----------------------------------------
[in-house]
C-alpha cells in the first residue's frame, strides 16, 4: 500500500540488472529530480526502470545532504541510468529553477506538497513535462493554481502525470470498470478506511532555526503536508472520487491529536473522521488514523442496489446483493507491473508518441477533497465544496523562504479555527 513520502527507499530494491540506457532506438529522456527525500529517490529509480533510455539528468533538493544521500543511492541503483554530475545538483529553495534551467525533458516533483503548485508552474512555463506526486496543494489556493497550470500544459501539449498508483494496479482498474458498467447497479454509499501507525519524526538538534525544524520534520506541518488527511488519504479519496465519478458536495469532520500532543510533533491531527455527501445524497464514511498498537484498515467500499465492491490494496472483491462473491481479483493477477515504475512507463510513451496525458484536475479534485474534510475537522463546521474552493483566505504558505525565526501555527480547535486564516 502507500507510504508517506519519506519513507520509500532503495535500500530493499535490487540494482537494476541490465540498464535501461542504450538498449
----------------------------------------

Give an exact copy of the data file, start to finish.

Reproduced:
[in-house]
C-alpha cells in the first residue's frame, strides 16, 4: 500500500540488472529530480526502470545532504541510468529553477506538497513535462493554481502525470470498470478506511532555526503536508472520487491529536473522521488514523442496489446483493507491473508518441477533497465544496523562504479555527 513520502527507499530494491540506457532506438529522456527525500529517490529509480533510455539528468533538493544521500543511492541503483554530475545538483529553495534551467525533458516533483503548485508552474512555463506526486496543494489556493497550470500544459501539449498508483494496479482498474458498467447497479454509499501507525519524526538538534525544524520534520506541518488527511488519504479519496465519478458536495469532520500532543510533533491531527455527501445524497464514511498498537484498515467500499465492491490494496472483491462473491481479483493477477515504475512507463510513451496525458484536475479534485474534510475537522463546521474552493483566505504558505525565526501555527480547535486564516 502507500507510504508517506519519506519513507520509500532503495535500500530493499535490487540494482537494476541490465540498464535501461542504450538498449